While researching, I found reporters from well-known news sources like the New York Times, BBC, CDC that have identified the problem of falling birth rates, and the New York Time’s Katrina Alcorn, provided a solution. Alcorn made the point that Americans “need to reshape some basic policies and cultural attitudes to allow millennials (and other generations to come) who want to be parents to see a way to make that part of their life plan.” During Alcorn’s interview with Stewart Friedman, Friedman explained that Americans “need top executives to be role models and show young people that it’s possible to have a life outside of work. Americans need to break the “culture of overwork,” remove the stigma that says a flexible schedule equals low ambition, and create alternative career paths that allow people to “ramp down” during caregiving years, and ramp up again when they’re ready”(Alcorn). Unfortunately, there has been no action solving this issue, and Friedman’s solution relies on the choices of others which they are entitled to with no legal obligation to change. The U.S. recognizes that although childbearing is important and “will continue to partner with governments, the private sector, international and non-governmental organizations to improve health outcomes”(U.S department of state diplomacy), “The U.S. does not endorse population “stabilization” or “control.” The “ideal” family size should be determined by the desires of couples, not governments. The U.S. strongly opposes coercive population programs” either to increase or decrease overall population(U.S. Department of state diplomacy).
For The U.S “Achieving a healthy and educated world population is an important U.S. strategic objective”(Bureau of public affairs). Although the U.S. is globally active in supporting education, the health of individuals and families, America needs more reformation for our own natal norms and policies. Currently the U.S. family leave policy does not have national standards on paid family leave, which means that employers do not have to offer paid maternity/paternity leave. For young adults suffering from student debt, this policy prevents them from being able to have children until they are more financially stable later in life.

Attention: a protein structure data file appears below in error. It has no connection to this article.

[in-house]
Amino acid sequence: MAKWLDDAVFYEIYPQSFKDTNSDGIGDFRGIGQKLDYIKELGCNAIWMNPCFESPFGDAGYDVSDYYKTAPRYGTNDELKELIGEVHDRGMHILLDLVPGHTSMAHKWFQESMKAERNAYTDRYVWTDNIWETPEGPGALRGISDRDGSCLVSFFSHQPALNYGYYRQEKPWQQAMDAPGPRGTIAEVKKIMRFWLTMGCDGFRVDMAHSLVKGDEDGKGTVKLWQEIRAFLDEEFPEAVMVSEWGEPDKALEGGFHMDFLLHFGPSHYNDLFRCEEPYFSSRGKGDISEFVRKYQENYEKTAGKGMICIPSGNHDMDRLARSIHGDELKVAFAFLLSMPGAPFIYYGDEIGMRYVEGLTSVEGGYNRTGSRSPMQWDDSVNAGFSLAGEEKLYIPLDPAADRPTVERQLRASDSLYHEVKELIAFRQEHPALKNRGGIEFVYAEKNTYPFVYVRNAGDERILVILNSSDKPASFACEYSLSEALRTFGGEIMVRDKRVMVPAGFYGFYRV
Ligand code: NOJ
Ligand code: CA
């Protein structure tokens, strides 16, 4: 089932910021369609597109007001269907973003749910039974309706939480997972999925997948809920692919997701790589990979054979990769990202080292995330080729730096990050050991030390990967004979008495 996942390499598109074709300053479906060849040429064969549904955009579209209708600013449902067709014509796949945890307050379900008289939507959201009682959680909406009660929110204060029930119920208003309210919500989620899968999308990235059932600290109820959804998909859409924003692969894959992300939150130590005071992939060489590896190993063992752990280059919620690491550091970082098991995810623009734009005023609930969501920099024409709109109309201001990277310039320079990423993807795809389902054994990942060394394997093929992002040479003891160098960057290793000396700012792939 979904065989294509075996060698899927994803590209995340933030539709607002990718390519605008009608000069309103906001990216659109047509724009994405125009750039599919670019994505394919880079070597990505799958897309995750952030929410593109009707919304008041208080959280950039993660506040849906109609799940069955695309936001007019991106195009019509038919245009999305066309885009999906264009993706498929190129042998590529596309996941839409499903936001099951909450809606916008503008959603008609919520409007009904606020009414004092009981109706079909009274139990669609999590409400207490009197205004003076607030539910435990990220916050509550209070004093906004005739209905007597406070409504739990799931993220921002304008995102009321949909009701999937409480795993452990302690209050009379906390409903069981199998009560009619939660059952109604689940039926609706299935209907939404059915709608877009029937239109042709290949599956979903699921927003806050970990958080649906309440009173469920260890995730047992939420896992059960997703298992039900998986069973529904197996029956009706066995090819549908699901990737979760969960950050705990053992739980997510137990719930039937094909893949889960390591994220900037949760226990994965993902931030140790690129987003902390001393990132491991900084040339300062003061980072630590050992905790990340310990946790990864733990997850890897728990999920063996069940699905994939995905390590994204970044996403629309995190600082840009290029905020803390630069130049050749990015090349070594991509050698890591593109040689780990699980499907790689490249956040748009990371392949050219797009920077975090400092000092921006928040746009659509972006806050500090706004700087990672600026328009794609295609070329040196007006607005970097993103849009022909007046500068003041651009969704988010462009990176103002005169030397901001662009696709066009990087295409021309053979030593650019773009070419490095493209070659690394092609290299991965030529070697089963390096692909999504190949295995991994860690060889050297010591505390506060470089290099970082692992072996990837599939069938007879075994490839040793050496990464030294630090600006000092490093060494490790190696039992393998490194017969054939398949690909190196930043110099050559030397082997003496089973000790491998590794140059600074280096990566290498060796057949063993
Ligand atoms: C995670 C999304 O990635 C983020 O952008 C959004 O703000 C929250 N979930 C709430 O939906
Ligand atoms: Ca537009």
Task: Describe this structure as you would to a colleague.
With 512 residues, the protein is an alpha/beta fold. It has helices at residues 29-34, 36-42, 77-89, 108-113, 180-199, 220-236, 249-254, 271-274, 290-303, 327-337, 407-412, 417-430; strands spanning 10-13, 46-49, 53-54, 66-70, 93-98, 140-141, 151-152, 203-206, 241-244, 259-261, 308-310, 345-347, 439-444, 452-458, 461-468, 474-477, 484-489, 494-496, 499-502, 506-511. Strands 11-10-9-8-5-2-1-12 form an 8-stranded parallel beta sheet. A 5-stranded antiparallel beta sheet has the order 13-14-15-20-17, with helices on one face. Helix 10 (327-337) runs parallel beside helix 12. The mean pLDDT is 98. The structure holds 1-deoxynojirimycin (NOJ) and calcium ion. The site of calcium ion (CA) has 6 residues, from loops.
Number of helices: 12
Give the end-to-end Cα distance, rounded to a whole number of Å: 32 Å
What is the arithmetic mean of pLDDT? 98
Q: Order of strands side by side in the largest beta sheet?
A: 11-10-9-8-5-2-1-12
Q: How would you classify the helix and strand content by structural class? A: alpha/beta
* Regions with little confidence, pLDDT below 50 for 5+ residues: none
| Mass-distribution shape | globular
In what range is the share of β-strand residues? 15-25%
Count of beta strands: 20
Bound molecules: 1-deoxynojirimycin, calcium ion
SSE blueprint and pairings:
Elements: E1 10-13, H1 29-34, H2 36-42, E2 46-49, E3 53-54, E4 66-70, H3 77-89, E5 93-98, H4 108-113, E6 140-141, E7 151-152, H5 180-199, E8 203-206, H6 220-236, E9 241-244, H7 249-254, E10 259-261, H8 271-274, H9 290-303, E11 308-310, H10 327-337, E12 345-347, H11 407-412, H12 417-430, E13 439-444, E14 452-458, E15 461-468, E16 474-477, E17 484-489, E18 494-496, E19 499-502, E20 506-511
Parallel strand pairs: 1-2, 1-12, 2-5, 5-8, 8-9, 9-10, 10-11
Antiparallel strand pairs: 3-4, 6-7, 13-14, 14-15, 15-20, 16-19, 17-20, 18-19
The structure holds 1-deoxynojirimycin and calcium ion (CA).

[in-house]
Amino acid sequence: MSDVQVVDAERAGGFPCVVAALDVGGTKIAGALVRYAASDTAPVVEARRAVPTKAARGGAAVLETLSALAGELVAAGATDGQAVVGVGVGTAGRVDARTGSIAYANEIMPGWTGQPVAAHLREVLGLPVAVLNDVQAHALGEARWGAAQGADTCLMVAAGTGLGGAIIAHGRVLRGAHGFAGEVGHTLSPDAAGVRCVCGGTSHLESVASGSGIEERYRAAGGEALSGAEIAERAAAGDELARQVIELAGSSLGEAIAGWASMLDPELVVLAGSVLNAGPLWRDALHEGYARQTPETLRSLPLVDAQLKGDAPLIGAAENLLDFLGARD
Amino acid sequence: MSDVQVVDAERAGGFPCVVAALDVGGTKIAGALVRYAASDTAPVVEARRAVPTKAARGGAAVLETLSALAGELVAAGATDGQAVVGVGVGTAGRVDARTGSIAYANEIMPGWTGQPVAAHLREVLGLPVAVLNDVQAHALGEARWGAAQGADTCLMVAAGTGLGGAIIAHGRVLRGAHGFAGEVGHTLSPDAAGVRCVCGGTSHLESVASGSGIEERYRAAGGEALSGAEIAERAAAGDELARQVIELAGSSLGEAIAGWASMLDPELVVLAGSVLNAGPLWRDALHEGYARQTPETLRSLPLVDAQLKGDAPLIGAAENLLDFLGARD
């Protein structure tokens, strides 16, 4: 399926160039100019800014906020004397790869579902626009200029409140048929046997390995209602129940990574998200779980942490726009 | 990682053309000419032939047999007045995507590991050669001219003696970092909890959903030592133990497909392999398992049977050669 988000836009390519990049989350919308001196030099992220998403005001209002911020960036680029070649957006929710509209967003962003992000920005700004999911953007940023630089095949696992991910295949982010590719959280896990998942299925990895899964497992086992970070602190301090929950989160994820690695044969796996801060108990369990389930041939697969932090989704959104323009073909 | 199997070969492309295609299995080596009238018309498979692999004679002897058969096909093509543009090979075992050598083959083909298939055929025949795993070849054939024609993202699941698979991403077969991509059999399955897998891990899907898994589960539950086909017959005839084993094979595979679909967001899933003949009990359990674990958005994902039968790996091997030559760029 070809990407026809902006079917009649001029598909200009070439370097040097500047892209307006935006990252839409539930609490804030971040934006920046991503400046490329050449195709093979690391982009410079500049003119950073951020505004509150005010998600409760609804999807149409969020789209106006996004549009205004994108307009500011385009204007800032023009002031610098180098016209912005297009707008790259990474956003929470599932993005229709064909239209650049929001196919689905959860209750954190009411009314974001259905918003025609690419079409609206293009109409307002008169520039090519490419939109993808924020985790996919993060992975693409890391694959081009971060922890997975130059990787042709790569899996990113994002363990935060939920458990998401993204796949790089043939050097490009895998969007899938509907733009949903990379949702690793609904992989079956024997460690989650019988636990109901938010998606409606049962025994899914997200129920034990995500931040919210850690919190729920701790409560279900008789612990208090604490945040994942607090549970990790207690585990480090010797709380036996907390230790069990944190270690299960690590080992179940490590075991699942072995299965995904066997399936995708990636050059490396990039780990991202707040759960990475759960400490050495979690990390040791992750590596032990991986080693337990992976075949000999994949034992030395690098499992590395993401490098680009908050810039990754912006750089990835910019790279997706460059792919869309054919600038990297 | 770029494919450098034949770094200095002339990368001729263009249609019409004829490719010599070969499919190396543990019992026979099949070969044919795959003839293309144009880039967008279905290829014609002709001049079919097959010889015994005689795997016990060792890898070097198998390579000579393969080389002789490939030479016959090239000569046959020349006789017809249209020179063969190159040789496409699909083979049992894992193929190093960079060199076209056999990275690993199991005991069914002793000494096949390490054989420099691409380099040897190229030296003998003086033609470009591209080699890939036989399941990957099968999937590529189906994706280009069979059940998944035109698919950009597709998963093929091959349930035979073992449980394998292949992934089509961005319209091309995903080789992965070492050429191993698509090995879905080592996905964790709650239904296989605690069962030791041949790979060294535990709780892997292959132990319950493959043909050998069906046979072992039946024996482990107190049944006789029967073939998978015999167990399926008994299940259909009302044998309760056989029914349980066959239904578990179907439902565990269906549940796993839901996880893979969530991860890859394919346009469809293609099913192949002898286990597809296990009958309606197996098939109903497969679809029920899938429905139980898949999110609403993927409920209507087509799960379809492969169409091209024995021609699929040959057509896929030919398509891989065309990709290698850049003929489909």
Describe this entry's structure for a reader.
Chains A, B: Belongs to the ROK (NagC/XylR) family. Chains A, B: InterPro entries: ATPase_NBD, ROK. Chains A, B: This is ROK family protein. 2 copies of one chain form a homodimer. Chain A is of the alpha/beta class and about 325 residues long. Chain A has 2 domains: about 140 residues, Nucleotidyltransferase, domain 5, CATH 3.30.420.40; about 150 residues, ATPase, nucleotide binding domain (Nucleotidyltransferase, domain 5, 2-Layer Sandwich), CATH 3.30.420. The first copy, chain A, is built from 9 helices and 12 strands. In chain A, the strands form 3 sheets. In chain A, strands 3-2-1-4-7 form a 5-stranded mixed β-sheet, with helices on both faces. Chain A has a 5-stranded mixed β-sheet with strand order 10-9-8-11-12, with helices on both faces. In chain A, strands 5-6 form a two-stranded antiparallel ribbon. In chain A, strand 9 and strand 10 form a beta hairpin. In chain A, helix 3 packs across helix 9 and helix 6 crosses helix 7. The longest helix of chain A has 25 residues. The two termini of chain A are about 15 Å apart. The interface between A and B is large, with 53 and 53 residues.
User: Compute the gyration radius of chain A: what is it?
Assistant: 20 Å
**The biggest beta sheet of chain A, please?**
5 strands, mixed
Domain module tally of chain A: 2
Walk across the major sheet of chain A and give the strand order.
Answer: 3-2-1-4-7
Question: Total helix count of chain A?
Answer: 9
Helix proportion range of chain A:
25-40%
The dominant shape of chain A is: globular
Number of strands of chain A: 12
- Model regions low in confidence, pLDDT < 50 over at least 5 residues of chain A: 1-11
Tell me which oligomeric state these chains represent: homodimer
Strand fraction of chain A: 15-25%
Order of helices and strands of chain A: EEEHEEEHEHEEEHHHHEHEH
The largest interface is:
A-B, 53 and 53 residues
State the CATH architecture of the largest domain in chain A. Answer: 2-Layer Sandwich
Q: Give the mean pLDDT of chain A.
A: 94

New York Times’ Katrina Alcorn has provided a quite intriguing solution; Alcorn pointed out that Americans “need to reshape some basic policies and cultural attitudes.” Alcorn later provided more detail describing that Americans “need top executives to be role models and show young people that it’s possible to have a life outside of work. We need to break the “culture of overwork,” remove the stigma that says a flexible schedule equals low ambition, and create alternative career paths that allow people to “ramp down” during caregiving years, and ramp up again when they’re ready.” Alcorn pointed out a viable solution, however, her solution relies the initiative of top executives who project the norm that wealth is the goal of life instead of healthy families and communities. A movement that would be beneficial in counteracting the existing norm is the slow food movement. The slow food movement is a movement that promotes traditional cooking which forces people to their own food, and have more sit down meals, deterring the norm of a fast pace working society. Another major solution is government mandated vacation. Government mandated vacation days is also another way of forcing adults to slow down their lives, giving them more time for children. Additional governmental reforms that would give young adults more incentive to have children is paid family leave along with job protection when taking said leave. The most significant solution that government implemented is help paying education loan because that is leading cause to young adults financial insecurity, which makes it impossible to support children. Implementing better child care policies to lower child care expenses, and initiating more day care services would greatly contribute to overall incentive to have children. To be sure I am not suggesting that Americans start aiming for 10 kids, what I am talking about is keeping replacement rate levels and communities healthy to stabilize the size of each generation.